Four out of the six of us in our family have tics. We talk openly about our tics, what they are, why we might have them, etc. We talk about people’s differences and similarities. We stress how important it is to respect other people, no matter what they look like, how they talk, whether they are different from us or alike. The kids all know that Daddy, Jonah, Benjamin and Aidan have tics.
We’ve created a safe, honest environment in our family in which our “special” needs are special, and yet normal in the context of our home. Sometimes it’s been interesting to see how comfortable the kids are with their diagnoses.
Once when Jonah was about 8 years old, he had a friend over. They were sitting on the couch, playing with some toys. Jonah had a couple tics at the time, like blinking and making tiny grunting noises. His friend finally turned to him and asked why he was doing those things, grunting and blinking so much. Jonah exclaimed nonchalantly “It’s my tic!” and continued playing.
I watched from the kitchen to see what would happen, if the friend would need more explanation than Jonah had given, how Jonah would handle the situation — but Jonah’s explanation of his tics apparently satisfied his friend and they just continued to play.
I was in awe of Jonah and his ability to be honest and confident in dealing with his friend. I don’t think Jonah saw his tics as a big deal, and since he didn’t, his friend let it go too and accepted Jonah for who he was at that moment. There are so many times I think we can learn so much from our innocent children.
Another time about a year ago, we attempted having a puppy as a family pet to see how it would go. We were hoping the dog would have a calming effect on the kids, like a therapy dog. Apparently therapy dogs have to be trained, they’re not just born that way. Go figure. Long story short, the dog didn’t work for our family because of everyone’s intense needs. It wasn’t the dog’s fault though, she was lovely. We found her a wonderful home where she is deeply loved, so it all worked out OK.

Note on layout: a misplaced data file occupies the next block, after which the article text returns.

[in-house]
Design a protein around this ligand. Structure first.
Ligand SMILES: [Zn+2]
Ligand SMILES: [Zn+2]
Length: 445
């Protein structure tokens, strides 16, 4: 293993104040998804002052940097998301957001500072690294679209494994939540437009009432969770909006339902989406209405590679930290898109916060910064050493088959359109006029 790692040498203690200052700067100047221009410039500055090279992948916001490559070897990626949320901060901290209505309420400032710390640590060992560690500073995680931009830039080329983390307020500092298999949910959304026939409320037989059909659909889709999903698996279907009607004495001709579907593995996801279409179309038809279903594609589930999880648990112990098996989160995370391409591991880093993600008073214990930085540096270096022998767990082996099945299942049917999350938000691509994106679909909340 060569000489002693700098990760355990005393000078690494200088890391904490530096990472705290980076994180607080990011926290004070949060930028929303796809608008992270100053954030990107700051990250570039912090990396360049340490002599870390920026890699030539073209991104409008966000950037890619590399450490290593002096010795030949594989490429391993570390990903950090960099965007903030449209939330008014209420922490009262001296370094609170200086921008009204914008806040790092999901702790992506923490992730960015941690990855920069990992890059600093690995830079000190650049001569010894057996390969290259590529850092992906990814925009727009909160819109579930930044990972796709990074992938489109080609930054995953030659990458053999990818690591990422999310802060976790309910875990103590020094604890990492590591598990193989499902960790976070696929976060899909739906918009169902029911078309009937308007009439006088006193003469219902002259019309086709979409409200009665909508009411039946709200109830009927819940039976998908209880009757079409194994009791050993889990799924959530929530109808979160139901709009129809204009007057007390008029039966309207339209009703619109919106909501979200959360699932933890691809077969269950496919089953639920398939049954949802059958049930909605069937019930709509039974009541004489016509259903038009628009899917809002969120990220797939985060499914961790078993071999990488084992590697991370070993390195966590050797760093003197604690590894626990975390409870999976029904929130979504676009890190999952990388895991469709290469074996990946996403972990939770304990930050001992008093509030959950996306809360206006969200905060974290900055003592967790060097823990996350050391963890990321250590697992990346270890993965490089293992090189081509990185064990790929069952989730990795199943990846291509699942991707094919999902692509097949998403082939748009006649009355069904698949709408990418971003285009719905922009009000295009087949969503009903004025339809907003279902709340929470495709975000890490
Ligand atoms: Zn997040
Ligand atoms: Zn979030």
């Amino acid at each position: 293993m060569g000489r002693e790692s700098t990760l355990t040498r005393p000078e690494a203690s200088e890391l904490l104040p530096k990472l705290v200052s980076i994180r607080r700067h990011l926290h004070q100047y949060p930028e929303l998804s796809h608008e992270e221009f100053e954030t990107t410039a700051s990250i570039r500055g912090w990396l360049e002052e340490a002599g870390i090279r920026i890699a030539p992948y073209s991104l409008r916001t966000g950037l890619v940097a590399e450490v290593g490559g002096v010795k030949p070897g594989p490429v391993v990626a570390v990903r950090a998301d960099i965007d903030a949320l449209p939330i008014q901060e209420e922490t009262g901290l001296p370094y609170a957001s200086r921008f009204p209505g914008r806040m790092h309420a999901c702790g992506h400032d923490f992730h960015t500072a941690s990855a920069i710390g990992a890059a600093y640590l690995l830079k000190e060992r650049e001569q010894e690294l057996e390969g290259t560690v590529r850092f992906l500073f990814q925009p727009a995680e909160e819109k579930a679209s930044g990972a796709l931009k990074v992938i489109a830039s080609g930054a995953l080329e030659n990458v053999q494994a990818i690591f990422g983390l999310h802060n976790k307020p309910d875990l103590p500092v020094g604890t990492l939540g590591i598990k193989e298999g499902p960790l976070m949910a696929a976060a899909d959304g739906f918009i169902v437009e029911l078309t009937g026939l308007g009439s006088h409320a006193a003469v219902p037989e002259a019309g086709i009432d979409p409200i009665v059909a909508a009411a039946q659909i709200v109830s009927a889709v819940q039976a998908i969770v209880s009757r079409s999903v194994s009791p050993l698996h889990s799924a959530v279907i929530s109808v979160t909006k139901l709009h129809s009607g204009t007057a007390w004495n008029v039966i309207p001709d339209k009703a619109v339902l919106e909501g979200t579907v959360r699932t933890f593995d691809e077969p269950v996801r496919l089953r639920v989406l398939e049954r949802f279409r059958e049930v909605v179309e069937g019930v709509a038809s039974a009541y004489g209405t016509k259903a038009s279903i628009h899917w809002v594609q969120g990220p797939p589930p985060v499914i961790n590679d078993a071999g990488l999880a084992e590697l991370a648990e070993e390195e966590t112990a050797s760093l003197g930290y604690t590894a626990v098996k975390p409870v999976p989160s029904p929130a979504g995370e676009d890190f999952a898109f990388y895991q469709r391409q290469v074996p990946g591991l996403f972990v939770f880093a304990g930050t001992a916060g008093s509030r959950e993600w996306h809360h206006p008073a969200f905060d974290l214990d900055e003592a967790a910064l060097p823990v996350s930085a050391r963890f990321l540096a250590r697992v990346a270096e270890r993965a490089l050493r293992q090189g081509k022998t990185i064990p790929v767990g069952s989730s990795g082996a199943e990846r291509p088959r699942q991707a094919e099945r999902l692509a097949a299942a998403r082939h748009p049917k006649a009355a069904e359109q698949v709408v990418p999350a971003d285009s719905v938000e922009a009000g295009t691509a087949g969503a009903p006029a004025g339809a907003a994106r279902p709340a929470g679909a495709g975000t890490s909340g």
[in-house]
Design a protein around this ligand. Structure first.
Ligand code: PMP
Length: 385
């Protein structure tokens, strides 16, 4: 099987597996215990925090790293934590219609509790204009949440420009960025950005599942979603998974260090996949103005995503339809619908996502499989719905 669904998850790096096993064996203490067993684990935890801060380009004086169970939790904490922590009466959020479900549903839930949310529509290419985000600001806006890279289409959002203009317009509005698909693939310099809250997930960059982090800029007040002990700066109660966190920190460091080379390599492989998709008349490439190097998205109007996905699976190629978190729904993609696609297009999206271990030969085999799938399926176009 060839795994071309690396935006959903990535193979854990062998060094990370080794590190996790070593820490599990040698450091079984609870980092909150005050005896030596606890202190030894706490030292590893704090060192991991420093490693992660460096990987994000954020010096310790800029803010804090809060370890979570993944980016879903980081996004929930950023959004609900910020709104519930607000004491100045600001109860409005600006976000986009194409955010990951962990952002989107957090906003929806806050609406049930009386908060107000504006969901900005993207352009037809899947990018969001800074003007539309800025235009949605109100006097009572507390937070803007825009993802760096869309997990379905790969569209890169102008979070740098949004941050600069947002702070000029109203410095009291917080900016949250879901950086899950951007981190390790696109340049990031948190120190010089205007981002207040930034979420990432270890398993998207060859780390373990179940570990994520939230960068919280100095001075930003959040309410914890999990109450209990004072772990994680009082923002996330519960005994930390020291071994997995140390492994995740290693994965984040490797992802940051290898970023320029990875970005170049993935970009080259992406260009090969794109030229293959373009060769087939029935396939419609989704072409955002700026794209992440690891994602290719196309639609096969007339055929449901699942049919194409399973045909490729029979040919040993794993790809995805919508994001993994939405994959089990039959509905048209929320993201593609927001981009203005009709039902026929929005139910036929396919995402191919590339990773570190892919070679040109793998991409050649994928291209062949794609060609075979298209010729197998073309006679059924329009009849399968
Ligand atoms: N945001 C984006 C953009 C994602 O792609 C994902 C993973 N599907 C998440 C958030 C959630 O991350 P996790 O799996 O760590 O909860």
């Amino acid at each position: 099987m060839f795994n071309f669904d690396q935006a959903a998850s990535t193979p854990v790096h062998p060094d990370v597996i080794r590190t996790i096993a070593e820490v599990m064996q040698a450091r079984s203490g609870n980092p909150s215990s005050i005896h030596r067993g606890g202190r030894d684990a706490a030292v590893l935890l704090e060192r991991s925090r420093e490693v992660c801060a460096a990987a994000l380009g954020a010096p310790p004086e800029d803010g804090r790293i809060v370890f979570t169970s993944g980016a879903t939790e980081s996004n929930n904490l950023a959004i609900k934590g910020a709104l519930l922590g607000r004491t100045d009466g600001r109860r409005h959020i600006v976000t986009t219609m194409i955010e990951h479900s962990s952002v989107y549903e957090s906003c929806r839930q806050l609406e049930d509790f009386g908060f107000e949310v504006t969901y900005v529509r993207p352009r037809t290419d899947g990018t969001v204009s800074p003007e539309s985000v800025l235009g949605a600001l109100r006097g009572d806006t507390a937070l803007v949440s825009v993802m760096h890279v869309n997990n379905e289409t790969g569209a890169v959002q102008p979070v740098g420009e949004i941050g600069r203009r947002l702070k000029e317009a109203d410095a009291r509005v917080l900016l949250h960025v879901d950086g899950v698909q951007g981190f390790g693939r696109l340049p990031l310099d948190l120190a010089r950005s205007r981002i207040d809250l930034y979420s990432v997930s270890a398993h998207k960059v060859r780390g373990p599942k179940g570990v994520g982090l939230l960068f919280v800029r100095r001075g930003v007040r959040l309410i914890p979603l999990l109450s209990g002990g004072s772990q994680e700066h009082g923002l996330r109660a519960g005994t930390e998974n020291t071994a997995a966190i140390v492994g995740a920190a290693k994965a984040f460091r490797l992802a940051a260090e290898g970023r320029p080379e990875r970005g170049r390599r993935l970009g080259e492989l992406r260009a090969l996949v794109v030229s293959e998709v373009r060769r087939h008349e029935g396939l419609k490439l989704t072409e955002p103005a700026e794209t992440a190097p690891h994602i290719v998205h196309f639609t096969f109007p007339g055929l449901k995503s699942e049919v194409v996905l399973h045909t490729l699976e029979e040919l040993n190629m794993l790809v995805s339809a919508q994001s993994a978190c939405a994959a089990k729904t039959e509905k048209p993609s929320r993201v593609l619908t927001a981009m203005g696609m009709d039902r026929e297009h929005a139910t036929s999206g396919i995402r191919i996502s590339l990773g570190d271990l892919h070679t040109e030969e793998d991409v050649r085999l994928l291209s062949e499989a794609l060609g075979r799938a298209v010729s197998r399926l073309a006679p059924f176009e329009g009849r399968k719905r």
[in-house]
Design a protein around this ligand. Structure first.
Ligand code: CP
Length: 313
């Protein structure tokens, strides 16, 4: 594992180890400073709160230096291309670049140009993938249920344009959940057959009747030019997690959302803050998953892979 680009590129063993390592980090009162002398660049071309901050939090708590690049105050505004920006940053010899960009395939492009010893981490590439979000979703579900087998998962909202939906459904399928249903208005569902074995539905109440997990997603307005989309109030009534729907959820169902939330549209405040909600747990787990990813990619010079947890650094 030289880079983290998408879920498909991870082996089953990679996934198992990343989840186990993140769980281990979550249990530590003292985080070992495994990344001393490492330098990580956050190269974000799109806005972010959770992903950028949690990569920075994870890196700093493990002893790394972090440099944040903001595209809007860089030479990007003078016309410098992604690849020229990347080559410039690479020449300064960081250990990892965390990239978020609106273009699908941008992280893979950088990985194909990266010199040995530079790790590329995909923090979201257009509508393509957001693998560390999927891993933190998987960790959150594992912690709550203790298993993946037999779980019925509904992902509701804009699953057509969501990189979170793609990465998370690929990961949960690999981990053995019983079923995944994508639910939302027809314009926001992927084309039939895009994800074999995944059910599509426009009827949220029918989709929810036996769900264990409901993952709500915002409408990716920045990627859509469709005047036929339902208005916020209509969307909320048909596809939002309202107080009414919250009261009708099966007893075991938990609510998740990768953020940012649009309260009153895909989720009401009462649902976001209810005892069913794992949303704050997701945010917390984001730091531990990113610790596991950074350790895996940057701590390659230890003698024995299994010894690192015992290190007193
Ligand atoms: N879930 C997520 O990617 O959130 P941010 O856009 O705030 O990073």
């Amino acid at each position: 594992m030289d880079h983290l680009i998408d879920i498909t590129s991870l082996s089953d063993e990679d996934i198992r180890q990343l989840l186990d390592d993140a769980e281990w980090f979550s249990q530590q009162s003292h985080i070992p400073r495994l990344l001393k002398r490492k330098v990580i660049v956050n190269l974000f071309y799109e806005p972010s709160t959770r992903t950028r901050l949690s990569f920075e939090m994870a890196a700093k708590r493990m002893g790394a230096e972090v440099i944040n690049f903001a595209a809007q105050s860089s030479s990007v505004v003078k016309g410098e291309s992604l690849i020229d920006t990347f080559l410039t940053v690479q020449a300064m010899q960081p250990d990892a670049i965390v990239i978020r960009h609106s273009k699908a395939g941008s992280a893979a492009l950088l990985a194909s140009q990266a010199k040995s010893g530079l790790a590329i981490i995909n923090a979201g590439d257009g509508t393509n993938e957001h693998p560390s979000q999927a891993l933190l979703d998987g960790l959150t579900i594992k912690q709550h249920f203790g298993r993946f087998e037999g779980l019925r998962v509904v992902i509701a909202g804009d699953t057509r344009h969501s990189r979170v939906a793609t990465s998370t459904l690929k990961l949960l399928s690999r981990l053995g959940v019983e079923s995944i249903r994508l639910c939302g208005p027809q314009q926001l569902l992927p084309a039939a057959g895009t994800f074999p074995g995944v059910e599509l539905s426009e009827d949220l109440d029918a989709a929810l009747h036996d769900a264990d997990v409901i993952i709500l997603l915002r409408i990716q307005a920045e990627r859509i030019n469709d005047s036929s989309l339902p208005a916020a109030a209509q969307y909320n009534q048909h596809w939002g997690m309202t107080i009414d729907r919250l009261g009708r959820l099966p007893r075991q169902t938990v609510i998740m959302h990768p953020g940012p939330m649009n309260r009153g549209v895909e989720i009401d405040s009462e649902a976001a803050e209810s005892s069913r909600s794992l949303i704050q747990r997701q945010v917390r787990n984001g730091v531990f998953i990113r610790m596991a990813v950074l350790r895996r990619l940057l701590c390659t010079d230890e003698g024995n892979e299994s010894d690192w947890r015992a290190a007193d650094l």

The whole family went to pick up the puppy and bring her home for the first time. As I held her on the way home in the front seat and stroked her fuzzy fur, I found a little tick on her neck. I said to Alex, “She already has a tick!” From the far back seat of our van, I heard Ben’s little voice pipe up “Really? What’s HER tic?”
It took me a second to figure out what he was talking about and that he thought our new dog had a tic disorder like all the rest of the boys in our family! Alex and I laughed so hard. I explained that no, our little puppy didn’t have a tic like a twitch, instead she had a tick like a little blood-sucking animal that has to be removed! It was so funny.
This year in fourth grade, Jonah has a classmate who also has Tourette syndrome. Recently Jonah and the boy were chatting. The classmate said he had Tourette’s and asked if Jonah knew what that was. Jonah got so excited and said yes! That he had it too! So they compared tics, and talked about their similarities.
Jonah was so excited when he came home from school and told me the story. He was happy to identify with someone else who had tics and happy to have something in common with a classmate, not just all the boys in our family. Now I get a weekly report on what the classmate’s tics are compared with Jonah’s. Jonah acts out the other boy’s tics and then talks about his own tics in comparison. It’s a cool thing, at any age, to find a friend who happens to have so many things in common with you!
My boys have shown me that being different is ultimately OK. Everyone is different. And as much as I reinforce this fact and remind them over and over that we should be tolerant of everyone in the world, my kids have really taught me how to walk the walk.
None of them have tremendously visible special needs, so when people do notice that there is something “different” about our family, in the past it sometimes has shocked me for a split second before I react. But my kids don’t miss a beat.
They explain what their diagnosis is. They help friends understand what makes them different. And what makes them so very special. If only we were all as accepting and sensitive to others as my kids and their friends are. The world would be an even better place to live.
Carrie Newsom, from Lindenhurst, Ill., uses her social work background to advocate for children with special needs. Find a link to her blog “Joyful Chaos: Loving Four Special Kids” at Lutheran Blogs.
You might also want to read:
Give us this day our daily bread
Will we ever get settled?
Doubting mother. Expecting teens. Accidental devotion.